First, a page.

American Journal of Polymer Science

p-ISSN: 2163-1344    e-ISSN: 2163-1352

2022;  11(1): 1-6


Received: Mar. 20, 2022; Accepted: Apr. 8, 2022; Published: Apr. 15, 2022


The Extraction and Characterization of Chitosan from Apis Mellifera

Khabibullaeva Nozima1, Makhkamova Nazokat1, Karimov Sherali2, Khaitbaev Alisher1

1Department of Organic Synthesis and Applied Chemistry, National University of Uzbekistan Named after Mirzo Ulugbek, Tashkent, Uzbekistan

2Department of Chemistry, Fergana State University, Fergana, Uzbekistan

Correspondence to: Khabibullaeva Nozima, Department of Organic Synthesis and Applied Chemistry, National University of Uzbekistan Named after Mirzo Ulugbek, Tashkent, Uzbekistan.


Copyright © 2022 The Author(s). Published by Scientific & Academic Publishing.

This work is licensed under the Creative Commons Attribution International License (CC BY).


Currently, numerous studies are being done to identify and use new sources of chitin. For this purpose, in our research, we aimed to obtain chitosan-based and local raw material Apis mellifera and analyze its structure through FTIR, NMR, and XRD methods. In our study, we initially isolated α chitin and chitosan with an amorphous crystallinity of 31.65%.

Keywords: Chitin, Chitosan, α–chitin, Crystalline index, FTIR spectroscopy, 1H and 13C NMR, XRD (X-ray Diffraction)

Cite this paper: Khabibullaeva Nozima, Makhkamova Nazokat, Karimov Sherali, Khaitbaev Alisher, The Extraction and Characterization of Chitosan from Apis Mellifera, American Journal of Polymer Science, Vol. 11 No. 1, 2022, pp. 1-6. doi: 10.5923/j.ajps.20221101.01.

1. Introduction

Recently, the demand for products made from natural polysaccharides (polymers) is growing. They have many application fields, due to their biodegradable, biocompatible, anticancer, antibacterial, antifungal activities, etc. Not only are natural polysaccharides but also their biosynthetic polymers are biodegradable and eco-friendly. These types of polysaccharides include alginate, carrageenan, agarose, glucomannan, galactomannan, pectin, chitin and chitosan, hyaluronic acid derivatives, and others. The various biological functions of natural polysaccharides are their most important properties [1]. Interest in chitin and chitosan polyaminosaccharides is growing since their non-toxic, biocompatible, biodegradable, possession of many therapeutic properties (antioxidant, antimicrobial, antifungal, high activity against tumor and cancer cells, analgesic, hemostatic, etc.) for use in the biomedicine, pharmacy, cosmetology, and food industry [2,3]. In nature, chitin occurs in a variety of organisms, including infusoria, amoebae, chrysophytes, some algae, fungi, crustaceans, worms, insects, mollusks, and in the cell walls of fungi and microorganisms (bacteria) [4,5], while chitosan is found in zygomycetes and mucosa, as well as in some fungi such as Absidia coerulea [6]. Globally, chitin and chitosan are mainly isolated from crustaceans, and many studies have recently been carried out to obtain them from insect cuticles [7]. While the use of these types of raw materials on an industrial scale has some disadvantages, some types of insects can be used to extract large amounts of chitin. These are insects that can be reared artificially (honeybees, silkworms, and synanthropic flies). The chitin substance found in insect cuticles is covalently bound to melanin and sclerotin-like proteins [8], which can cause some problems in the process of chitin extraction. The wide development of beekeeping in our country, allows us to use bees (Apis mellifera) as a source of chitin. For this purpose, we obtained chitosan from Apis mellifera first by extracting chitin and then by deacetylation of chitin and used physical research methods (FTIR, 1H and 13C NMR, XRD) to study its structure. We analyzed the structure using spectroscopy methods and crystal structure through the X-ray diffraction method.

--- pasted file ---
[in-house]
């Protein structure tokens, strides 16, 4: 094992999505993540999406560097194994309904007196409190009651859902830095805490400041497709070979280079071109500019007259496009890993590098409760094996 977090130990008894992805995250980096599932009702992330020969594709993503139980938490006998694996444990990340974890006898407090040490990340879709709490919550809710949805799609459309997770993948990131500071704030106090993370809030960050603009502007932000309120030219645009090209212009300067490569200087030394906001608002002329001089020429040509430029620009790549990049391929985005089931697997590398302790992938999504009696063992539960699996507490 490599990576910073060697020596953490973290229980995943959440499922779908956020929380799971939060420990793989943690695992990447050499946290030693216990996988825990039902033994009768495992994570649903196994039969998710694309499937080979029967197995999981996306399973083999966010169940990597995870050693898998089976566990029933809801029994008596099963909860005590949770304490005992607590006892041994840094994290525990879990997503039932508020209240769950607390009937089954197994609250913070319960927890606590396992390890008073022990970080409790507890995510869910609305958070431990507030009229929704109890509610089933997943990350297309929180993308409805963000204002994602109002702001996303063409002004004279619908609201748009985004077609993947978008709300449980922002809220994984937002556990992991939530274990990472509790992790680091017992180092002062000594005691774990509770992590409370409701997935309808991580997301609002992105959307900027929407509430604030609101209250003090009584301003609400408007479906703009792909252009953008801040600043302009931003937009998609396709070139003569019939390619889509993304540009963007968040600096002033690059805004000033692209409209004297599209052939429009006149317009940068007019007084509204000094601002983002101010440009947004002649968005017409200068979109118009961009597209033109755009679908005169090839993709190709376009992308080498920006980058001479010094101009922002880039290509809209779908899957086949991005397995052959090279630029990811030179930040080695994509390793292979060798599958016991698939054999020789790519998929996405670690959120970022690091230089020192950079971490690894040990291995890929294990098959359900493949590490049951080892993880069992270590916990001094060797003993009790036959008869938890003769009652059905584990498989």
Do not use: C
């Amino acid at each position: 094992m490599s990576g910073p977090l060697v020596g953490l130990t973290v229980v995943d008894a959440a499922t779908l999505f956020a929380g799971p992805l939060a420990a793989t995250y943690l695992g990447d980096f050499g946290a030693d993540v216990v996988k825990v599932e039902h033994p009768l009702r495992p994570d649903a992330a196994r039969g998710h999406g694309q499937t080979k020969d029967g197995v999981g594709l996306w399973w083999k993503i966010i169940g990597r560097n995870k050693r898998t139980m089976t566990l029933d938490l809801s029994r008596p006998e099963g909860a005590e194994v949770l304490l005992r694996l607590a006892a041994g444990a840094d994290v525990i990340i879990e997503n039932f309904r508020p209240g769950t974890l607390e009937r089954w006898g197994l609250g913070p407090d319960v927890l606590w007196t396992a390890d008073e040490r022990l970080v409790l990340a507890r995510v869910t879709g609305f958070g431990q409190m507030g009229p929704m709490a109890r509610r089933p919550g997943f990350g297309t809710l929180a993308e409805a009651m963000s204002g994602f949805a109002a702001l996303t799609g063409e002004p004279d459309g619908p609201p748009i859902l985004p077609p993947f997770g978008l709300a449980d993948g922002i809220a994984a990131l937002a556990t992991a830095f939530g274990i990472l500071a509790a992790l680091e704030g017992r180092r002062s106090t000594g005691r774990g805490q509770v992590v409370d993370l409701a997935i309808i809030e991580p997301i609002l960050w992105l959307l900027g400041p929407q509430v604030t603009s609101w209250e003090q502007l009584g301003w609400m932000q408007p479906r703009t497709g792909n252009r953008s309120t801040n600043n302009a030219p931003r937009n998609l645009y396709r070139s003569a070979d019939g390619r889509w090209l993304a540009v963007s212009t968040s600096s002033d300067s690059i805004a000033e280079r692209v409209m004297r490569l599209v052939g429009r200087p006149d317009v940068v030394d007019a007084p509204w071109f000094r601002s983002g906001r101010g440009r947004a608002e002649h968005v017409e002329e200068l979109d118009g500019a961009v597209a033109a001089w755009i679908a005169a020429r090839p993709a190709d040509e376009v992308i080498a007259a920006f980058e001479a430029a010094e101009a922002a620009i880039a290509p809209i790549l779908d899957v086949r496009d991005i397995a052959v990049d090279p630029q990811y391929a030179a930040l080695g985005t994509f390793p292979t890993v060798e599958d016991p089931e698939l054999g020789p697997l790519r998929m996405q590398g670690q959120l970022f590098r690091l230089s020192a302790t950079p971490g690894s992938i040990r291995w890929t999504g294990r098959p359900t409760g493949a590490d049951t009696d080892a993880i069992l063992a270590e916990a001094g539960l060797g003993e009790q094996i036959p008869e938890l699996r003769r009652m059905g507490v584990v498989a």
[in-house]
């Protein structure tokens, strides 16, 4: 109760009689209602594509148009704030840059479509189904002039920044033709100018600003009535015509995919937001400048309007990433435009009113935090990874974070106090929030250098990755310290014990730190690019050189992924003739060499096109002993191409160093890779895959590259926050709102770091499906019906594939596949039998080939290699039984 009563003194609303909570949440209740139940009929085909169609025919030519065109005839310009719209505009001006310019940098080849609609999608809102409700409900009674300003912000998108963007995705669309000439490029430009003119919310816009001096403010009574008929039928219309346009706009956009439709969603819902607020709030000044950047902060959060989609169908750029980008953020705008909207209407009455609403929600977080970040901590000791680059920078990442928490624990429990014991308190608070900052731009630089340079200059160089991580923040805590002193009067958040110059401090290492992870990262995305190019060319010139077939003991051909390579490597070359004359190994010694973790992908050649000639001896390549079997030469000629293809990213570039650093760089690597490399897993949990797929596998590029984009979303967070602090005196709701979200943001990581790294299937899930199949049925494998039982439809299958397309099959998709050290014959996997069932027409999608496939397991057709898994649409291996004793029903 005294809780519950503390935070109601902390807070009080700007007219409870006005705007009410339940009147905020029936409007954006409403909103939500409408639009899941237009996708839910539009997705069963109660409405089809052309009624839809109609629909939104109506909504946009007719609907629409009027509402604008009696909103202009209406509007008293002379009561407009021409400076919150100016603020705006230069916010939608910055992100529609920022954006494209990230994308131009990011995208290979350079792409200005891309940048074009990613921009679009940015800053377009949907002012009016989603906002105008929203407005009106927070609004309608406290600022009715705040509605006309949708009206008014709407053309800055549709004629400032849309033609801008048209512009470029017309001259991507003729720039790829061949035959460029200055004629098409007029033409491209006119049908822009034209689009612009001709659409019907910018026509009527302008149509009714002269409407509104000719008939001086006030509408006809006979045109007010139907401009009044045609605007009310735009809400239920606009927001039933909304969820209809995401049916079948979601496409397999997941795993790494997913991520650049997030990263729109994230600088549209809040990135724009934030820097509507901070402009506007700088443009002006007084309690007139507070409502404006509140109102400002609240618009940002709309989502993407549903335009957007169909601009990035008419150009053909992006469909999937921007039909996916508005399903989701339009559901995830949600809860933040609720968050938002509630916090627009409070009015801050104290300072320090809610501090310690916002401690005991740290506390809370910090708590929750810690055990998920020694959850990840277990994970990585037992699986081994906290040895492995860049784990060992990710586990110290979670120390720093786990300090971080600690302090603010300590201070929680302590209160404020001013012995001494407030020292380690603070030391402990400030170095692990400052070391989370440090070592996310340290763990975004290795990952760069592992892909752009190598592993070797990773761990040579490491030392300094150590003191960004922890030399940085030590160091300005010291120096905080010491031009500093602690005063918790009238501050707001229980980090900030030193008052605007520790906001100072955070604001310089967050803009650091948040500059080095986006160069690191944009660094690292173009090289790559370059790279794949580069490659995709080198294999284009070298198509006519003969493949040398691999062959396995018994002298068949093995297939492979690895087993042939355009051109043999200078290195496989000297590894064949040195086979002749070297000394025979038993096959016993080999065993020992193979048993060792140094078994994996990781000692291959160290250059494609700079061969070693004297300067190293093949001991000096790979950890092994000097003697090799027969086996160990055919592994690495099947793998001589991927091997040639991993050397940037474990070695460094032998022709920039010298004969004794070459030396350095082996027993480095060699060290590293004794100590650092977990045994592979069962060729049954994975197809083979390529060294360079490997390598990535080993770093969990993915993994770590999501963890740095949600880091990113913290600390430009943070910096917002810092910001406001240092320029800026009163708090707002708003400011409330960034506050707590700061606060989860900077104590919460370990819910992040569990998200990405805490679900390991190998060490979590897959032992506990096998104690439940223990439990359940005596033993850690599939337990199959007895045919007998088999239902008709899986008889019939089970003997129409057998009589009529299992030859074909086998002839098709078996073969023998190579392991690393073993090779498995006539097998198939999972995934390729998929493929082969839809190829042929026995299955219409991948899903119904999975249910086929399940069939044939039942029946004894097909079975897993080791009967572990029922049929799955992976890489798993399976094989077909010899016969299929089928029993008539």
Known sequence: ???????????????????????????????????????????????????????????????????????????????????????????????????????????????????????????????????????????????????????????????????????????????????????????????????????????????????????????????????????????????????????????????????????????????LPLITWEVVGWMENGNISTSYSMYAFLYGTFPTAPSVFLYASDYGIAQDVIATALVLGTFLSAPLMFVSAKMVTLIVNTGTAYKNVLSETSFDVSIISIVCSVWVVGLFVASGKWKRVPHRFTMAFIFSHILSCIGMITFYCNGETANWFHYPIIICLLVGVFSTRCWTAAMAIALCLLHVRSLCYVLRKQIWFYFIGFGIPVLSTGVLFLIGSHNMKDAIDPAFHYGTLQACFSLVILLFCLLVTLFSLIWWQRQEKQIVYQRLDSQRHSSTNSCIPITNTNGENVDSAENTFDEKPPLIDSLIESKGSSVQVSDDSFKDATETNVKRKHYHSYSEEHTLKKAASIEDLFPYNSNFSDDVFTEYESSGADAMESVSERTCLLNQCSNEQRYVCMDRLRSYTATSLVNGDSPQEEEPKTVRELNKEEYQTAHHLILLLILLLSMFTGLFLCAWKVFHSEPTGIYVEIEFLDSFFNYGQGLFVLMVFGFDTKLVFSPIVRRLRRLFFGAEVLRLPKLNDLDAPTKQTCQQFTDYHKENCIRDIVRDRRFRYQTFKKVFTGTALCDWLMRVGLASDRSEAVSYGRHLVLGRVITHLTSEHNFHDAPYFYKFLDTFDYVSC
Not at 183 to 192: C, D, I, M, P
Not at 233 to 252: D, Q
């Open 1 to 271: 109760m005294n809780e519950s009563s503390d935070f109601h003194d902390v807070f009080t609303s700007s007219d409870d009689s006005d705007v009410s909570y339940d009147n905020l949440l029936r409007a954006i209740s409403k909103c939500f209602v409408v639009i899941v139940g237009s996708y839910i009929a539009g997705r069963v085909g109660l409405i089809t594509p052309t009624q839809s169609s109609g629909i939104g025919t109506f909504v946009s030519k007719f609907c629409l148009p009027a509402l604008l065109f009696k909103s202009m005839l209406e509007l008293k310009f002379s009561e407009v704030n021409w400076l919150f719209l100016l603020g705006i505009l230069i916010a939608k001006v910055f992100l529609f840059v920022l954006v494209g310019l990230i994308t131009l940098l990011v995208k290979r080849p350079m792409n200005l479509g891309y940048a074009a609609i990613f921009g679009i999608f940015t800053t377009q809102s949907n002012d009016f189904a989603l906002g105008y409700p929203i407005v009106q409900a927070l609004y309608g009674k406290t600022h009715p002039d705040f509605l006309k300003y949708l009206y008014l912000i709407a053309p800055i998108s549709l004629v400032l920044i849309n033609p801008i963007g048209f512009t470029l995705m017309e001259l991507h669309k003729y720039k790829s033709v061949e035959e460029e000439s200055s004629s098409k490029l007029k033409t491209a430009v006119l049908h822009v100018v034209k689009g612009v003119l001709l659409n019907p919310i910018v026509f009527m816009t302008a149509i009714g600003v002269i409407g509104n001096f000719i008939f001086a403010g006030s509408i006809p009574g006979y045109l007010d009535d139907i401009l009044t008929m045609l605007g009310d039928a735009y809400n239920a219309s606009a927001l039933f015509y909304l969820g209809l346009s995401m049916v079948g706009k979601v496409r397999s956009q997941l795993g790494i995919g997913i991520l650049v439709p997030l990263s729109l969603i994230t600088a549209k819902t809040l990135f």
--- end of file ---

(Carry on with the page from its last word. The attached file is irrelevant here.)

2. Materials and Methods

2.1. Extraction of Chitin from Apis mellifera

A certain amount of dried and crushed Apis mellifera was weighed and to remove impurities, heated with distilled water at 70-80°C while 1 hour. After that resulting material is filtered and dried in an oven at 60°C for 24 hours. This dried material was refluxed with an aqueous solution of 0.1 N HCl at 70-80°C for 1 hour. The demineralization process was completed by washing in a neutral medium with deionized distilled water. Then dried in an oven at 60°C for 24 hours. To achieve the deproteinization process resulting dried material was refluxed with an aqueous solution of 0.1 N NaOH at 70-80°C for 4 hours and filtered, washed to a neutral medium, and dried. For the decoloration and bleaching process, the resulting material was stored in a 30% H2O2 solution for 24 hours. Then extracted chitin plates were washed and dried in an oven at 60°C for 24 hours.